the one in which i tenuously use earth day as a reason to give away books

April 22nd, 2010

So, it’s Earth Day. Woop-dee-dooh. In times as perilous as these, even a boring government report from the Project on Climate Science* is sounding the alarm:

The report, a draft of the Fifth U.S. Climate Action Report that will be sent to the United Nations, says bluntly: “Global warming is unequivocal and primarily human-induced … Global temperature has increased over the past 50 years. This observed increase is due primarily to human-induced emissions of heat-trapping gases.”

Anyhow, one day is not enough. Every day we have to do stuff. And really, it’s not enough that we do it. All the recycling, composting, bicycle riding and vegan-eating in the world isn’t enough if our governments don’t step in a a very big way and cap the amount of greenhouse gasses we spew and come up with some alternative energy sources. (My god, what is Gayle doing? This is sounding like a science lesson. Make. Her. Stop. Hang with me, guys; free books coming up).

So, look, you’re the ones inheriting the mess. The best thing you can do is bug your elected officials or bug your parents to bug your elected officials, and maybe you need to educate your parents, too. Because Drill, Baby Drill, fun as it is to say, just won’t cut it.

Ok, enough lecturing. Onward to book giving away.

Here’s the deal.

Tell me what you’re doing in the name of environmental preservation, to keep the planet from turning into a Wall-E esque hellhole. Don’t be afraid to have modest goals. Recycling counts. Riding your bike counts. Working with the Sierra Club counts. Refusing plastic bags counts. Here are a handful of things I do:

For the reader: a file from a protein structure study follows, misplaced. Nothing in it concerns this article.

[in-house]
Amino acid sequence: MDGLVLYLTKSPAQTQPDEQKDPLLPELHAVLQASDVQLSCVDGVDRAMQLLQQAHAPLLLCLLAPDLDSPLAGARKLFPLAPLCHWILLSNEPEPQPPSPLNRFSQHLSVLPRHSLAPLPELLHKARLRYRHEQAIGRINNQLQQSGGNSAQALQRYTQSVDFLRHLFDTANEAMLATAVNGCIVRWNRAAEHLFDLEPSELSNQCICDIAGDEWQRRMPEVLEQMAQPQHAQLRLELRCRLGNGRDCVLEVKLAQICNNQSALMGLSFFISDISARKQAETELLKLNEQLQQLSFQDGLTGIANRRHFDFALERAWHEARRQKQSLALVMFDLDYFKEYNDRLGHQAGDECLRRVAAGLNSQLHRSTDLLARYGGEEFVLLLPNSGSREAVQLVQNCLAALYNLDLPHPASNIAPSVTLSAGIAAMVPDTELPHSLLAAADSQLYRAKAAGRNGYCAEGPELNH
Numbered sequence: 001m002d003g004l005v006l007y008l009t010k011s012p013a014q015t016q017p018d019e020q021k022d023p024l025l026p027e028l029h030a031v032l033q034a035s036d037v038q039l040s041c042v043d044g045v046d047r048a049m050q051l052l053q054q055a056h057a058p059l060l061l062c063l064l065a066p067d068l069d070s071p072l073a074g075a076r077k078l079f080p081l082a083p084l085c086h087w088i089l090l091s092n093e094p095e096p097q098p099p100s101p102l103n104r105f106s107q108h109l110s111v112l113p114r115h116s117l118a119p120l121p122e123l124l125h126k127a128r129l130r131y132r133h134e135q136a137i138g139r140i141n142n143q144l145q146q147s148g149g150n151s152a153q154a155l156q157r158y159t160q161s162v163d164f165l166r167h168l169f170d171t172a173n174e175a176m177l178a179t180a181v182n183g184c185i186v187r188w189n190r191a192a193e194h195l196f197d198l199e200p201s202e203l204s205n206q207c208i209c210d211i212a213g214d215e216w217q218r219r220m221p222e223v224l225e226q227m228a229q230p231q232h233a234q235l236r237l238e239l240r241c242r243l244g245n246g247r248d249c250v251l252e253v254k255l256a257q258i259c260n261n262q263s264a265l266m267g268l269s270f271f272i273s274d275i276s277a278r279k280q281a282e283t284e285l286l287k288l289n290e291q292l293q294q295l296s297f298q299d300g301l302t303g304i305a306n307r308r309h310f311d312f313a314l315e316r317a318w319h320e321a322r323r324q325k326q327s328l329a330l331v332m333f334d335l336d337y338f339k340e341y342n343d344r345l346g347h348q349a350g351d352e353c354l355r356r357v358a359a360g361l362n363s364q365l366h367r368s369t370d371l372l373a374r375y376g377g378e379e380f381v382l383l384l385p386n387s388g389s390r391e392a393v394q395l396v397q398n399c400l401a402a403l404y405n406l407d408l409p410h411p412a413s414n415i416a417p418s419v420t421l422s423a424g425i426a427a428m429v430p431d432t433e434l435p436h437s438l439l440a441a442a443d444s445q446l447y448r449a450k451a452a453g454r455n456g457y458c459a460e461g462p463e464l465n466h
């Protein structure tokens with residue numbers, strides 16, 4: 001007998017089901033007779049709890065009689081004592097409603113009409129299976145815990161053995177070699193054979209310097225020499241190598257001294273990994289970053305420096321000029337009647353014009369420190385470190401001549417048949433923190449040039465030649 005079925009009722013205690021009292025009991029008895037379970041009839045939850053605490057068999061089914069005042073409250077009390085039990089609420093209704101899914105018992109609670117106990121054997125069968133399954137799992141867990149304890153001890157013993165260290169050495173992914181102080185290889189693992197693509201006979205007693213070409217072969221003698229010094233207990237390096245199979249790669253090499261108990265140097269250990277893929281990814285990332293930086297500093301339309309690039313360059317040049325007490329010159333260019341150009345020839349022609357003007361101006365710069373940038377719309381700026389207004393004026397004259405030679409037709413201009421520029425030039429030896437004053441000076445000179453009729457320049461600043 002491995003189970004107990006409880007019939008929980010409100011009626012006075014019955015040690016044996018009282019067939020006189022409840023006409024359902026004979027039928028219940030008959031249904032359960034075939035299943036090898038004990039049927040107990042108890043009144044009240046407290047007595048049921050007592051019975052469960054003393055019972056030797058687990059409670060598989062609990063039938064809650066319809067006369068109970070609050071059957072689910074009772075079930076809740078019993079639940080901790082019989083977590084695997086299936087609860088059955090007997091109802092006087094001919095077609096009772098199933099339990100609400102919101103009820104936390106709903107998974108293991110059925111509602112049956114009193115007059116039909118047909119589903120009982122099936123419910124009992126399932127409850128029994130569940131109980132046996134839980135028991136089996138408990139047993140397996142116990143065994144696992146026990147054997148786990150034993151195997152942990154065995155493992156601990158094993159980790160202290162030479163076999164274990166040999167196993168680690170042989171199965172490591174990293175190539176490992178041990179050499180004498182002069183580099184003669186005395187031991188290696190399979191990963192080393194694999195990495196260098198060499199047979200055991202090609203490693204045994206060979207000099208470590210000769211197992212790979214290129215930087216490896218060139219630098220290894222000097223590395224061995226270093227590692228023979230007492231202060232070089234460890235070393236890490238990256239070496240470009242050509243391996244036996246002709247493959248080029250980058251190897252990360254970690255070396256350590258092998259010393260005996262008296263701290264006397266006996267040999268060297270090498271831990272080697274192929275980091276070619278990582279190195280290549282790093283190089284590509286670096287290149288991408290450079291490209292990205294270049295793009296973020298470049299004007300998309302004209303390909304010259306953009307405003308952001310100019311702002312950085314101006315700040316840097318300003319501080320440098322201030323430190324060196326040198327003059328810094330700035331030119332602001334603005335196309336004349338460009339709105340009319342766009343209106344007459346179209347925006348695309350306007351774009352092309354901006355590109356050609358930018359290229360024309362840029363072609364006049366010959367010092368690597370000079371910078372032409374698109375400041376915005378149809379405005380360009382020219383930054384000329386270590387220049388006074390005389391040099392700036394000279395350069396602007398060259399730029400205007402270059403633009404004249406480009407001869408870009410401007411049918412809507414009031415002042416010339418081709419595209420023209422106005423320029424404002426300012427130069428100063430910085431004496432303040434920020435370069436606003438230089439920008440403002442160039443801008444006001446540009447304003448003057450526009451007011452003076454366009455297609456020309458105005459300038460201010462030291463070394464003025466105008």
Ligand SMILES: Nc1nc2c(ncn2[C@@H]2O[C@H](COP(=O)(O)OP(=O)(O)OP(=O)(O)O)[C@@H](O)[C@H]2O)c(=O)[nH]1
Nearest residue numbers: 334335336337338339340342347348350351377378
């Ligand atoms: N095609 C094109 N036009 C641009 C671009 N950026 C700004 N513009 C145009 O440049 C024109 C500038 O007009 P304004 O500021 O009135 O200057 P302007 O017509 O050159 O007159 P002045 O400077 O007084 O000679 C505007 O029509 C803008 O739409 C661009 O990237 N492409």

I shop at the Park Slope Food Coop. I buy lots of local, organic, not genetically modified stuff. When I buy meat, it’s from cows that ate grass on farms. Chickens from birds that lived in coops and ran around. If you want to know how important this is, read The Omnivore’s Dilemma by Michael Pollan.

I refuse, refuse, refuse to use plastic bags. I carry one of those fold up nylon bags in my purse. Those things are lifesavers. Willa, when she sees plastic bags floating in trees, loves to point out that’s why “Mommy hates plastic.” That and the fact that they’re made of petroleum, wind up in landfill and are unnecessarry.

I share a car. With my best friend. Her husband actually because she HATES to drive. I don’t know how much this actually helps because the car is kind of a guzzler and I dream of hybrids and I have the car most of the time, though I don’t drive it much, but the fact that we’re two families with car between us is kind of cool.

I continue to use reusable water bottles even though I have killed many a cell phone that way. Bottled water is a SCOURGE. And New York City has awesome drinking water. Don’t believe me? Read this.

I buy clothes at consignment stores. It’s a form of recycling. It’s fun. And how else do you get a practically new BCBG dress for $12? I have been wearing it all tour.

Needless to say, I recycle everything I can. All paper gets used back and front before it’s recycled. Electronic equipment never gets put in the trash. Batteries, either. We give away as much as we can so it doesn’t go in the trash. And try not to buy too much crap so it won’t wind up in the crash.